In one embodiment, the β and α coefficients are adjusted at step 92 within predetermined limits that ensure the fly height control loop remains stable. If the β and α coefficients reach their limits after being adjusted at step 92, in one embodiment the number of revolutions for adapting the comb filter at step 88 is increased, the β and α coefficients are reset to nominal values, and the calibration procedure is repeated until acceptable values for the β and α coefficients are determined.

In one embodiment, the flow diagram of FIG. 5 is executed in order to calibrate the β and α coefficients for a number of different radial locations on the disk, such as for each physical zone (FIG. 1). During normal operation when the head crosses over a calibration boundary, the β and a coefficients are programmed with the corresponding values, and the registers 70 0-70 N of the comb filter 60 are loaded with the corresponding values.

In another embodiment, the comb filter may be recalibrated over the life of the disk drive in response to changes in operating conditions. For example, the comb filter may be recalibrated if environmental conditions change (e.g., ambient temperature, altitude, etc.) which may affect the fly height of the head. In one embodiment, when recalibrating the comb filter the previously calibrated values for the β and α coefficients are used to adapt the comb filter over a number of revolutions. If the number of revolutions required to adapt the comb filter exceeds a threshold (i.e., if it takes too long to adapt the comb filter), the flow diagram of FIG. 5 may be re-executed to recalibrate the β and α coefficients to values better suited to the new operating conditions.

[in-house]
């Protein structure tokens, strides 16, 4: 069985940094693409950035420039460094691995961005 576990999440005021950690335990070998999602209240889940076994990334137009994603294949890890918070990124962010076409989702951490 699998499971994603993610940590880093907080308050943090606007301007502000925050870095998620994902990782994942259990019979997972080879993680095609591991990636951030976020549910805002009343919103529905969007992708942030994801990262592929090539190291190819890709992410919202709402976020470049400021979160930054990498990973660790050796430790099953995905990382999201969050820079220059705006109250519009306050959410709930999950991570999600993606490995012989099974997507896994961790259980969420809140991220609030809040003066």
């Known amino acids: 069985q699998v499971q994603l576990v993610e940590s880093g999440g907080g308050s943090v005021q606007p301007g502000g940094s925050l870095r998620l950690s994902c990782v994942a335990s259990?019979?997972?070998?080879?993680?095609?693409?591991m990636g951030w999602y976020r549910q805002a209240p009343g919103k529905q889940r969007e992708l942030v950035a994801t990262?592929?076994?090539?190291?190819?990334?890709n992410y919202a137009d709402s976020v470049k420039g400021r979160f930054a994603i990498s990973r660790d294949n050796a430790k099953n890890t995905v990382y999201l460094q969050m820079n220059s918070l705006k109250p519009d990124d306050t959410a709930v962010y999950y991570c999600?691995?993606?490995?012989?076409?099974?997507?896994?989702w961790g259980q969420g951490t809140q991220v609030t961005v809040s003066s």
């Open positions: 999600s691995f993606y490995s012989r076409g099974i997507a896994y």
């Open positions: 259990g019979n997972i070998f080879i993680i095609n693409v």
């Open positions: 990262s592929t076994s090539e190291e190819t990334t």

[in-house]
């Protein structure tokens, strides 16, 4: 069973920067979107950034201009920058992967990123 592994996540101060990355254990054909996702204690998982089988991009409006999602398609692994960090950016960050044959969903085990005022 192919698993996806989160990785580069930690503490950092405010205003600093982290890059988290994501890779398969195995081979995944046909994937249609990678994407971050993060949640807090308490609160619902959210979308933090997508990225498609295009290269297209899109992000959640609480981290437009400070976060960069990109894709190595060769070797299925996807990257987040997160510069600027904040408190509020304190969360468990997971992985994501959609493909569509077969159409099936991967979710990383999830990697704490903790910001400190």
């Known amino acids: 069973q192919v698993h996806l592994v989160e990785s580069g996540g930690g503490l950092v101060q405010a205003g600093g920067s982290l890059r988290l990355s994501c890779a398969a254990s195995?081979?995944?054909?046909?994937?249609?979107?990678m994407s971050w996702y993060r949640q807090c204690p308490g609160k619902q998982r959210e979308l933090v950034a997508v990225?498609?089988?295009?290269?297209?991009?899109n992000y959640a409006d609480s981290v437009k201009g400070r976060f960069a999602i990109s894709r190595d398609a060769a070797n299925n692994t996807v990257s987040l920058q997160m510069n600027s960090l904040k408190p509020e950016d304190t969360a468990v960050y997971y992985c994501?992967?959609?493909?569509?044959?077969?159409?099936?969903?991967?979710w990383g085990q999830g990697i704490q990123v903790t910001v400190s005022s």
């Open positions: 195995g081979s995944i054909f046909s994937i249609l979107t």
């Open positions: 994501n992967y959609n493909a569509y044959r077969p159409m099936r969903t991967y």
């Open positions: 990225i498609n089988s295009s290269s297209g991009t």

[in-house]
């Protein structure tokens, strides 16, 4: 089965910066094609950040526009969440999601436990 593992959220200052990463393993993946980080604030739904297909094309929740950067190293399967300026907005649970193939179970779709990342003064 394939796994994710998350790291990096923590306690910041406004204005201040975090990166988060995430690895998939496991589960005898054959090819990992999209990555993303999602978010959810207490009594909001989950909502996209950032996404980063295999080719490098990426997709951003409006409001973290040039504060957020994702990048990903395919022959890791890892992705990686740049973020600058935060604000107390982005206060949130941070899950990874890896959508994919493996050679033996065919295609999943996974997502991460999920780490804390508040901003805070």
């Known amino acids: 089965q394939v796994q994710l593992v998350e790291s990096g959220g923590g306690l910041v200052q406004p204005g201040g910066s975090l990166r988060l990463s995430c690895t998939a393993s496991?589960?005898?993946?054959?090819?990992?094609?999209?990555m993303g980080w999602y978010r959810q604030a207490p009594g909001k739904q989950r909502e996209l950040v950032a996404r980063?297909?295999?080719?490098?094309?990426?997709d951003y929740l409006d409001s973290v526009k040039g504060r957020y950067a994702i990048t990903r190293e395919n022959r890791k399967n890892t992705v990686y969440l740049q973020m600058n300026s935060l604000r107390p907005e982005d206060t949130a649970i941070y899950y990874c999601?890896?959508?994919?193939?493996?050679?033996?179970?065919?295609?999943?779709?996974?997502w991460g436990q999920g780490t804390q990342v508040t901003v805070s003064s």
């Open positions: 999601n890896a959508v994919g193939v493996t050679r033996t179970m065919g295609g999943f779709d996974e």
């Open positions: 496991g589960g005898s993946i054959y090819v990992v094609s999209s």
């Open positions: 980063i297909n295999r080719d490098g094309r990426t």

The comb filter 60 of FIG. 4A may be implemented using any suitable technique, and may comprise alternative configurations. For example, the first coefficient α 74 may be positioned at the input of the registers 70 0-70 N rather than the output. In addition, the registers 70 0-70 N may be implemented in any suitable manner, such as with a circular buffer or other addressable memory. In other embodiments, the comb filter may be implemented in firmware executed by a microprocessor. Accordingly, the particular comb filter shown in FIG. 4A is illustrative, but any suitable implementation may be employed in the embodiments of the present invention.